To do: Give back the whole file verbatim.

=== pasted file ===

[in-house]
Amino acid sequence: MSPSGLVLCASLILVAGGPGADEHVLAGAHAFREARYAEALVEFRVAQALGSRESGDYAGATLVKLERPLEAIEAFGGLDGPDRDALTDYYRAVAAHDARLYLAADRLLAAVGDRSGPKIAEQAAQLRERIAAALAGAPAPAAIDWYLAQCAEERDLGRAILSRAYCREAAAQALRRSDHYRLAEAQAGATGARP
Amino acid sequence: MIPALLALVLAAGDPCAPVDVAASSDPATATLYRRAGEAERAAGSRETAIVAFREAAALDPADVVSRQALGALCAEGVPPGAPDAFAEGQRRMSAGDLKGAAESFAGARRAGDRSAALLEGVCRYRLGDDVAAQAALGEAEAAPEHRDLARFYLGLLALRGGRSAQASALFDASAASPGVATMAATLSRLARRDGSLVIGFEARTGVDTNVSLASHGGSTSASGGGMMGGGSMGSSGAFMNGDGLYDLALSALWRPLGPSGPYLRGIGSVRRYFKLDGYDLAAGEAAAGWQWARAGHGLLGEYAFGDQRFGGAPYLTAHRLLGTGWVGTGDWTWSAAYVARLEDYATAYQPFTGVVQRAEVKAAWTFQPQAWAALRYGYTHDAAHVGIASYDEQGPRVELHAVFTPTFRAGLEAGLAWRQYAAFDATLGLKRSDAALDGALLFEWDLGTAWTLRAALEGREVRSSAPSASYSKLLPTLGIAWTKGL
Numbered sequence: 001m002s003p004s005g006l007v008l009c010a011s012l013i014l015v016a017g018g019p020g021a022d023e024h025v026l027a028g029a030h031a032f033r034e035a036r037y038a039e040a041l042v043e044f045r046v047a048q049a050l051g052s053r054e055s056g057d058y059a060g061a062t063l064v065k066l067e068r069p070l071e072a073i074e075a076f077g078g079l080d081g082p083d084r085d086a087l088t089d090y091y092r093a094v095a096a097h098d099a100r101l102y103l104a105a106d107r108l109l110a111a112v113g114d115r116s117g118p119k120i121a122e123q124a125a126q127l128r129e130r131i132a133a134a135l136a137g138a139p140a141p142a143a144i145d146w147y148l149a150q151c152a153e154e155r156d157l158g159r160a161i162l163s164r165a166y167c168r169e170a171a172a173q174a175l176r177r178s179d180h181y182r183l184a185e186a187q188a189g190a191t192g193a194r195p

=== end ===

[in-house]
Amino acid sequence: MSPSGLVLCASLILVAGGPGADEHVLAGAHAFREARYAEALVEFRVAQALGSRESGDYAGATLVKLERPLEAIEAFGGLDGPDRDALTDYYRAVAAHDARLYLAADRLLAAVGDRSGPKIAEQAAQLRERIAAALAGAPAPAAIDWYLAQCAEERDLGRAILSRAYCREAAAQALRRSDHYRLAEAQAGATGARP
Amino acid sequence: MIPALLALVLAAGDPCAPVDVAASSDPATATLYRRAGEAERAAGSRETAIVAFREAAALDPADVVSRQALGALCAEGVPPGAPDAFAEGQRRMSAGDLKGAAESFAGARRAGDRSAALLEGVCRYRLGDDVAAQAALGEAEAAPEHRDLARFYLGLLALRGGRSAQASALFDASAASPGVATMAATLSRLARRDGSLVIGFEARTGVDTNVSLASHGGSTSASGGGMMGGGSMGSSGAFMNGDGLYDLALSALWRPLGPSGPYLRGIGSVRRYFKLDGYDLAAGEAAAGWQWARAGHGLLGEYAFGDQRFGGAPYLTAHRLLGTGWVGTGDWTWSAAYVARLEDYATAYQPFTGVVQRAEVKAAWTFQPQAWAALRYGYTHDAAHVGIASYDEQGPRVELHAVFTPTFRAGLEAGLAWRQYAAFDATLGLKRSDAALDGALLFEWDLGTAWTLRAALEGREVRSSAPSASYSKLLPTLGIAWTKGL
Numbered sequence: 001m002s003p004s005g006l007v008l009c010a011s012l013i014l015v016a017g018g019p020g021a022d023e024h025v026l027a028g029a030h031a032f033r034e035a036r037y038a039e040a041l042v043e044f045r046v047a048q049a050l051g052s053r054e055s056g057d058y059a060g061a062t063l064v065k066l067e068r069p070l071e072a073i074e075a076f077g078g079l080d081g082p083d084r085d086a087l088t089d090y091y092r093a094v095a096a097h098d099a100r101l102y103l104a105a106d107r108l109l110a111a112v113g114d115r116s117g118p119k120i121a122e123q124a125a126q127l128r129e130r131i132a133a134a135l136a137g138a139p140a141p142a143a144i145d146w147y148l149a150q151c152a153e154e155r156d157l158g159r160a161i162l163s164r165a166y167c168r169e170a171a172a173q174a175l176r177r178s179d180h181y182r183l184a185e186a187q188a189g190a191t192g193a194r195p